The show was carried by seniors Anna Rasmussen, Shirley DeJesus, Harrison Dudek, and Gabriella Schmit. My biggest critique for this piece was the way in which passion was communicated. Often when speaking on something important or significant, Rasmussen and Schmit consistently turned to their hands, shaping the bigs words around them with their motions, when really, the most powerful speeches were delivered by DeJesus and Dudek, who kept it simple and let the words make the impact. It’s okay to be still, and often times it better registers with the audience, especially when the words, such as these, carry such depth and meaning.
The closing was as beautiful as the opening. They turned their chairs to the screen again, their shadows cast upon the screen. They stood, as a whole rather than separately, and gave the audience a message worth hearing: standing together is what leads to change. Standing together is what we need now to prosper as a society.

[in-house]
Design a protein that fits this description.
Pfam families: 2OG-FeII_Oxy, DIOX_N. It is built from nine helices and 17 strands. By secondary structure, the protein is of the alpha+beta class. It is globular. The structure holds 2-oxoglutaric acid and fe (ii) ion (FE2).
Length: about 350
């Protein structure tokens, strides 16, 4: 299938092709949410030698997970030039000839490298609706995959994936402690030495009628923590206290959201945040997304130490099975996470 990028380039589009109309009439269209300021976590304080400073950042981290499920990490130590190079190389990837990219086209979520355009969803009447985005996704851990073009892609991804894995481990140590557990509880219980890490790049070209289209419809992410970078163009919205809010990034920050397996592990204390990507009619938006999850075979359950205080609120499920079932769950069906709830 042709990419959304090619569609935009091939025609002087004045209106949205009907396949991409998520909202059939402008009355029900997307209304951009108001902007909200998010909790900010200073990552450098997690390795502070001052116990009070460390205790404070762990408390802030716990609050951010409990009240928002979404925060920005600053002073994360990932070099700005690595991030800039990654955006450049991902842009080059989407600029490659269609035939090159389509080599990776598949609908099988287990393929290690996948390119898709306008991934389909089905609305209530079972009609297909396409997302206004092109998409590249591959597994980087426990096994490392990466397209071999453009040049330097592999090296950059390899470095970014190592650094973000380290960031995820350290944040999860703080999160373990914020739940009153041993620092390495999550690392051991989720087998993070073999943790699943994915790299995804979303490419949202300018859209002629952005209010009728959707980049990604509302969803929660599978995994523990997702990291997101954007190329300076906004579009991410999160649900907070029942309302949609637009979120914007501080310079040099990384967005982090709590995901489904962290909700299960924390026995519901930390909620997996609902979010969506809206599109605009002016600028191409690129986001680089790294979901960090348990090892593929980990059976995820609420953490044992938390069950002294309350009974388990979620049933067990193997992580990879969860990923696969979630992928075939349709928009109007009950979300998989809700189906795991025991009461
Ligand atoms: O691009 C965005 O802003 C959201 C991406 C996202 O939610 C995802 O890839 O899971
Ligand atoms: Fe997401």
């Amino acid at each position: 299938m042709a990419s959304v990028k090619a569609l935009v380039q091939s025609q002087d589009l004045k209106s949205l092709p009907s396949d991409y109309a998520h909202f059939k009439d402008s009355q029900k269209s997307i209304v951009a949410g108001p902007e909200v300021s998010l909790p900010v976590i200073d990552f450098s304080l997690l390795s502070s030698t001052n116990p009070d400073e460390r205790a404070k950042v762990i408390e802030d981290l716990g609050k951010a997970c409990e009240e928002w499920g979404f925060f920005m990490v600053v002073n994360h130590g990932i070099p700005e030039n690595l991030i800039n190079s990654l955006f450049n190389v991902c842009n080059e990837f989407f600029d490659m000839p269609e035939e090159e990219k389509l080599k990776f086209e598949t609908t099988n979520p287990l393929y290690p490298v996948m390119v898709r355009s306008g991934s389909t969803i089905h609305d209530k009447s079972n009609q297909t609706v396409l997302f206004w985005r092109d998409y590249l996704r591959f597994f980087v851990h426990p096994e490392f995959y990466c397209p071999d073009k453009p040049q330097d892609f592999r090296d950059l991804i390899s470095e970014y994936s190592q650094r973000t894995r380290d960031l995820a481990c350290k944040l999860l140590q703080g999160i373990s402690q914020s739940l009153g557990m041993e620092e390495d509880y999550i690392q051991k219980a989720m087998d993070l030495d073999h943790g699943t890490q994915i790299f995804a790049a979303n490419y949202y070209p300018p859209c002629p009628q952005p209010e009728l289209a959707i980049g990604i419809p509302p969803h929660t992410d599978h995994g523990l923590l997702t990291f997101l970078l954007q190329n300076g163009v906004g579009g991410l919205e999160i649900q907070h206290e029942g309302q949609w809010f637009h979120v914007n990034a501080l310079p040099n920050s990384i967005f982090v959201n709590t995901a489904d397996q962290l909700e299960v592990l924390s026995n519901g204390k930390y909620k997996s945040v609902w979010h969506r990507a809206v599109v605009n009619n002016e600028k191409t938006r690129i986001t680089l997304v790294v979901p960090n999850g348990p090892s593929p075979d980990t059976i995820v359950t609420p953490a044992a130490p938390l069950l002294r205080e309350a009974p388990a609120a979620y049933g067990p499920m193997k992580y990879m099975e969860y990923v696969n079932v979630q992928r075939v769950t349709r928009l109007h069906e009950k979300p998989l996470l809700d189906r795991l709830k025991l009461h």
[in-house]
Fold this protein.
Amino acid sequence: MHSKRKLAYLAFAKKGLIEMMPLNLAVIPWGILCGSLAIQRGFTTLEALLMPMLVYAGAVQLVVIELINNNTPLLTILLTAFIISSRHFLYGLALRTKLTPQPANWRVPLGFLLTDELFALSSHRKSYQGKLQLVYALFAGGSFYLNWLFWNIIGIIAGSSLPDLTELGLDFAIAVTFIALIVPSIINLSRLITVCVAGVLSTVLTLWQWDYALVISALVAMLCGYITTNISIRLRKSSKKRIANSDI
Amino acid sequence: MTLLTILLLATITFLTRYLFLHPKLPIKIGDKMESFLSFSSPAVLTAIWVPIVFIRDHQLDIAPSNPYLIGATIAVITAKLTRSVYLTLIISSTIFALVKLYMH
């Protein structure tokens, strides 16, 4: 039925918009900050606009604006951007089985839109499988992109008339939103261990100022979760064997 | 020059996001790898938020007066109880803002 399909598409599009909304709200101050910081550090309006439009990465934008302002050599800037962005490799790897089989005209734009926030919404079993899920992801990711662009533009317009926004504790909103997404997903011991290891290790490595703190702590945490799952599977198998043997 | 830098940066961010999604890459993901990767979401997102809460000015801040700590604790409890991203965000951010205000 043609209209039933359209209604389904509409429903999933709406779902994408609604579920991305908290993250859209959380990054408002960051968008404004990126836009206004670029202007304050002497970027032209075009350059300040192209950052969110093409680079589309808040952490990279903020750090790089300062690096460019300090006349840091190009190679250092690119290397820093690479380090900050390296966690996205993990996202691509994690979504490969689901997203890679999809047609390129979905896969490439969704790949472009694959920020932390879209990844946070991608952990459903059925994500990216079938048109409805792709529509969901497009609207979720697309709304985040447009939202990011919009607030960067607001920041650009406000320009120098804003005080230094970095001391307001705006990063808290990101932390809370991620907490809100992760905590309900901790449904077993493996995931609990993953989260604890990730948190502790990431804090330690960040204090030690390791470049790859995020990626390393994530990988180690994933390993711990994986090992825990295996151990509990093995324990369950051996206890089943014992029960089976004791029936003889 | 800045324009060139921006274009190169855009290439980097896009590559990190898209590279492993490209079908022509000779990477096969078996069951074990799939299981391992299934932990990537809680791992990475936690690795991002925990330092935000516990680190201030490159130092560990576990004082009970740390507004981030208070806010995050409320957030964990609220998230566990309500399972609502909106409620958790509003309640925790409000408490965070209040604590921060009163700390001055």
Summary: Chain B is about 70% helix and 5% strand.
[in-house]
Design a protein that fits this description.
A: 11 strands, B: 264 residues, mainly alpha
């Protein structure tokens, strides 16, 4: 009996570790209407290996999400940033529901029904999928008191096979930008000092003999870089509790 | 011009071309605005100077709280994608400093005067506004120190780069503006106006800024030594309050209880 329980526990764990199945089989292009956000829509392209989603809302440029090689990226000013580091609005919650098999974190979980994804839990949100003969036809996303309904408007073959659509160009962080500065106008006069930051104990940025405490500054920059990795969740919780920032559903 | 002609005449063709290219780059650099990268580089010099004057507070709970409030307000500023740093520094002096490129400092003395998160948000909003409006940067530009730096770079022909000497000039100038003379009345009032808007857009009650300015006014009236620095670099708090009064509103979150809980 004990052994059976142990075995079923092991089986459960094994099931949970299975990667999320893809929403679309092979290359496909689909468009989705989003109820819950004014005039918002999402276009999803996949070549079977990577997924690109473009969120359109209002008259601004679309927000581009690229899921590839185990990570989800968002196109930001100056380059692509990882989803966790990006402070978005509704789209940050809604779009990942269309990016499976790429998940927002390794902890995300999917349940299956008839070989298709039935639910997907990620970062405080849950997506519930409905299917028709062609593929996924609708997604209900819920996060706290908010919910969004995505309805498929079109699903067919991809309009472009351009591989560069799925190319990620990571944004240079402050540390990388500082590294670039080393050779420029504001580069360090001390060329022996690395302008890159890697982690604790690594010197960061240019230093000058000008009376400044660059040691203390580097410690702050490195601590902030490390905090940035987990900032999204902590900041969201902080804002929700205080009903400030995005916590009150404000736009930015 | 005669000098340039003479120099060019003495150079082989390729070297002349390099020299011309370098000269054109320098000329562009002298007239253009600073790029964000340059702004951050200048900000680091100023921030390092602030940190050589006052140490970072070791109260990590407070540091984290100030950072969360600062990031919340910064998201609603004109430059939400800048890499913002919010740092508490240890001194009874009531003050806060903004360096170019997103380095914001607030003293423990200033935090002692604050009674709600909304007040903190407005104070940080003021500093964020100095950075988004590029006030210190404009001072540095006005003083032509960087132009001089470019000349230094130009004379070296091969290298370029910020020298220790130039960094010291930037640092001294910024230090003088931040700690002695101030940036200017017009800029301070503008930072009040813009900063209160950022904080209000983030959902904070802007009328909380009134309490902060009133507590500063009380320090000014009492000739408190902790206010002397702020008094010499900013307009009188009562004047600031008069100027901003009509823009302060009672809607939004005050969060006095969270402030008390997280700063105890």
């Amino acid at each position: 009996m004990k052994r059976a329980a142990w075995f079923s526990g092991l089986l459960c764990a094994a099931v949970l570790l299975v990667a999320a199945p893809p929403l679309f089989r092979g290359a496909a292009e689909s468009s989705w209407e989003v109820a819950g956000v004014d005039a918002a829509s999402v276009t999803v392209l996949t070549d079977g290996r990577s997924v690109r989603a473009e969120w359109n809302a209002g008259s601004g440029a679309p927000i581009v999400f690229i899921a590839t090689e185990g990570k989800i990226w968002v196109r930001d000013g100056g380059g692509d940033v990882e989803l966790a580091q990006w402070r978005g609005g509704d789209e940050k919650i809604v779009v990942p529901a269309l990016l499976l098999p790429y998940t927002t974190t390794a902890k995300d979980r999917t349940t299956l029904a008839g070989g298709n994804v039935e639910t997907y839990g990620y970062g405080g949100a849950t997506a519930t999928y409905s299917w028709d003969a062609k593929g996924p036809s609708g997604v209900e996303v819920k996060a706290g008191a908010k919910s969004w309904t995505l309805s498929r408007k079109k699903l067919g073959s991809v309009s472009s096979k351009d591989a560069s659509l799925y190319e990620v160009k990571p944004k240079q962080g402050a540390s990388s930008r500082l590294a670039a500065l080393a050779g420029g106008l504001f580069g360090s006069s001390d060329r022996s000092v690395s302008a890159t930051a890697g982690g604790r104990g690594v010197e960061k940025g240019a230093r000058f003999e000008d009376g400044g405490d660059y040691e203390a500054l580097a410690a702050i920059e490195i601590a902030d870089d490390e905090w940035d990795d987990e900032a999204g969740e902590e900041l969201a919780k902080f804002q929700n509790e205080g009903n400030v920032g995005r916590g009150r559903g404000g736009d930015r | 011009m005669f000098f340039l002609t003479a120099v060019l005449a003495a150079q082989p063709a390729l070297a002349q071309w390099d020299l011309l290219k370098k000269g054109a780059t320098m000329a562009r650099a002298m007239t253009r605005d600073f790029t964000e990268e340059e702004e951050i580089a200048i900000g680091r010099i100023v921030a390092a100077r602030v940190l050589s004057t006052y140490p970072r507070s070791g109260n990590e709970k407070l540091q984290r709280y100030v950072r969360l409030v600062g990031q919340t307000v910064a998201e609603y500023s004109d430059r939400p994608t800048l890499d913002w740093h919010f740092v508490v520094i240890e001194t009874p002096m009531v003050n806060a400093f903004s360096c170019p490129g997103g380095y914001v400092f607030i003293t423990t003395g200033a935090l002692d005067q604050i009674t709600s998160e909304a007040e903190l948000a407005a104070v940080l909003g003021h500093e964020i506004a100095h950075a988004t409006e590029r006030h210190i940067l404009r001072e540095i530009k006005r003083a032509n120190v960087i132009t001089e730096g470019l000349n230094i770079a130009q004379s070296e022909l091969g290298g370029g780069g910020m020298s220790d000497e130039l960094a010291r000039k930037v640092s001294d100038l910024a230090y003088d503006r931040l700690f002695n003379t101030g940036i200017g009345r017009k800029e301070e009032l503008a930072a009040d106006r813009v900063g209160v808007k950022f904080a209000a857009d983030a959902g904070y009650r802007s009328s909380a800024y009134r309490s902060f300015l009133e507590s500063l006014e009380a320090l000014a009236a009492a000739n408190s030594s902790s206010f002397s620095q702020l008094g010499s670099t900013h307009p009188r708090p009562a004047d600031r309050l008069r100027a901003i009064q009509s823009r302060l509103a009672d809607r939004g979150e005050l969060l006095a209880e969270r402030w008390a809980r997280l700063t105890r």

Senior Collab 2: Ms. Wheeler *Written by/starring Nathan Barachy, Anna Rasmussen (understudy), Grace Newton, and Akeel Sindhi
I liked this piece for different reasons than the rest. Mostly, I enjoyed the technical creativity. The way that the lighting was used to communicate the mental transformations of a specific individual with mental instabilities provided both clarity for the audience and deeper stylistic element for the piece. I wasn’t thoroughly engaged because of the story, but moreso because of the lighting, costuming, etc.
The acting however, was still pretty good. Grace Newton, playing the role of the mentally unstable mother, clearly developed her character. Her portrayal felt real, and she brought me along through the journeys of her mind, helping me understand the severity of mental illness. The supporting characters were helpful, as well, for the most part. Nathan Barachy, playing the son, was an essential part of the story, and was successful in moving the piece along. Props to him for keeping it simple and clearly telling the story.